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Extractive and mineral processing

The UK extractive and mineral process sub-sector provides the essential raw materials for use by the construction, agricultural, manufacturing and energy production sectors.

This sub-sector covers: deep coal mines and opencast coal working; mining and agglomeration of lignite; extraction and agglomeration of peat; manufacture of solid fuel; mining of iron ore, uranium, thorium, and other non-ferrous metal ores; quarrying of ornamental and building stone, limestone, gypsum, chalk and slate; operation of gravel and sand pits; mining of clays, kaolin, chemical and fertiliser minerals; production of salt; manufacture of cement, lime, plaster, ready-mixed concrete, and mortars; cutting, shaping and finishing of ornamental an building stone; and other mining and quarrying activities.

Employment in the sub-sector has remained relatively stable over the past few years. However, its success depends heavily on the success of the construction sector. The outlook for the future is fairly positive, with fewer expecting their business and workforce to decrease and more expecting it to remain the same.

Companies face some serious issues in the future, in particular a continuing lack of demand for their products, competition from within the UK and Energy costs. However they are taking some positive measures including finding new markets, developing new products and reducing production costs.

Key statistics:

  • There are an estimated 86,000 people employed in the sub-sector, across 10,000 workplaces.
  • Workers in the sub-sector tend to be full-time and directly employed, rather than on a contract basis.
  • Work is often shift-based, especially in lower levels jobs.
  • 77% of the workforce is male.
  • 89% of the workforce is white.
  • 8% of workforce is 16-24 years, 22% 25-34 years, 27% 35-44 years, 22% 45-54 years, 19% 55-64 years and 2% 65 years and over.
  • 15% of the workforce considers themselves to have a disability.
  • 18% of the workforce has a Level 1 or entry level qualification, 25% a Level 2, 23% a Level 3, 6% a Level 4 and 19% a Level 5 qualification.
  • Annual turnover for the sub-sector is currently around £9 billion.
  • There are 2,741 sole traders in the sub-sector.

Jobs in the sub-sector range from: shot firer, weighbridge operator, road builder, goods vehicle driver, trainee engineer, miner, sea person, logistics manager, processing plant manager, geologist, estate manager, quarry manager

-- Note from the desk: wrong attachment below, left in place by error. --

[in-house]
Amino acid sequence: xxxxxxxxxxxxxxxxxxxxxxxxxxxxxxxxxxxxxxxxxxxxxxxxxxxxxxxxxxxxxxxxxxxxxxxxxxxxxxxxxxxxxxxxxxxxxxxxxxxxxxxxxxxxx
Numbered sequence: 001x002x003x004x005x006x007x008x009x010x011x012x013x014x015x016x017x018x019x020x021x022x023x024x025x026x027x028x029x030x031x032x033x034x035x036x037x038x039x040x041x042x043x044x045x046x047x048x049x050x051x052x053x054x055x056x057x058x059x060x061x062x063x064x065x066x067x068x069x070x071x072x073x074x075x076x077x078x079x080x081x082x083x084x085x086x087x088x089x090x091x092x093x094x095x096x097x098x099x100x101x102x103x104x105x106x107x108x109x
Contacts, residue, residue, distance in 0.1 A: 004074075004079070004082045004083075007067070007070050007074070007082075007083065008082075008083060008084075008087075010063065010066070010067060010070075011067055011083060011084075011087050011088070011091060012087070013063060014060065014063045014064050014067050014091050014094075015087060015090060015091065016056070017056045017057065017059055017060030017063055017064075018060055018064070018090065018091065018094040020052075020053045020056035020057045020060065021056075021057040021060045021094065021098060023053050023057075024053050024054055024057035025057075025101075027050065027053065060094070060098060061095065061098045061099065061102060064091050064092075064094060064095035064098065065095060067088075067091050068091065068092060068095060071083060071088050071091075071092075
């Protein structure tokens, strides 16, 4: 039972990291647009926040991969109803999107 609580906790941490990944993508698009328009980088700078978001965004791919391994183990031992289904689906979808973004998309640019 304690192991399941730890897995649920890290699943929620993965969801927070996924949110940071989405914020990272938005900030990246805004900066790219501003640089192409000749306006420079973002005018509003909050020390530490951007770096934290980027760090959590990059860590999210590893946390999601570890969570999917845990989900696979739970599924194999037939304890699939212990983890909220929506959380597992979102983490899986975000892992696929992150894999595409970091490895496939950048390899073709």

Generally, the skill needs for the future will be in higher level management and technical operations. There will be a continuing need for health and safety skills in the sub-sector, and it will become more important for people to be multi-skilled and able to work across several areas of the business. Skill shortages in the sub-sector include:

  • Employability skills, such as team-working, having a good attitude, and using initiative
  • Craft and Technical skills, such as driving heavy plant machinery and blasting
  • Management and Leadership skills

The largest occupational groups in the sub-sector are:

  • Process Plant and Machine Operatives
  • Managers and Senior Officials
  • Professional Occupations

The majority of companies in the sector (82%) are located in England, with 7% of the total in Scotland, 6% in Wales and 5% in Northern Ireland. 81% of employers in the sector employ between 2-9 people, 19% employ 11-49 people and less than 1% of all companies employ more than 200 people. Sources suggest that more than 80% of the sub-sector is in around 8 major companies

Recruitment of new staff is significantly lower than in previous years and so few companies report having vacancies. However in addition to these, 8% of companies say they have skills gaps within their existing workforce. The main gaps are amongst Process Plant and Machine Operatives, Skilled Trades and some Professional staff. The gaps are mainly in technical or practical skills and are attributed to a lack of experience.

Source: Proskills AACS LMI report 2010 and The 2009 Employer Survey – Extractive and Mineral Processing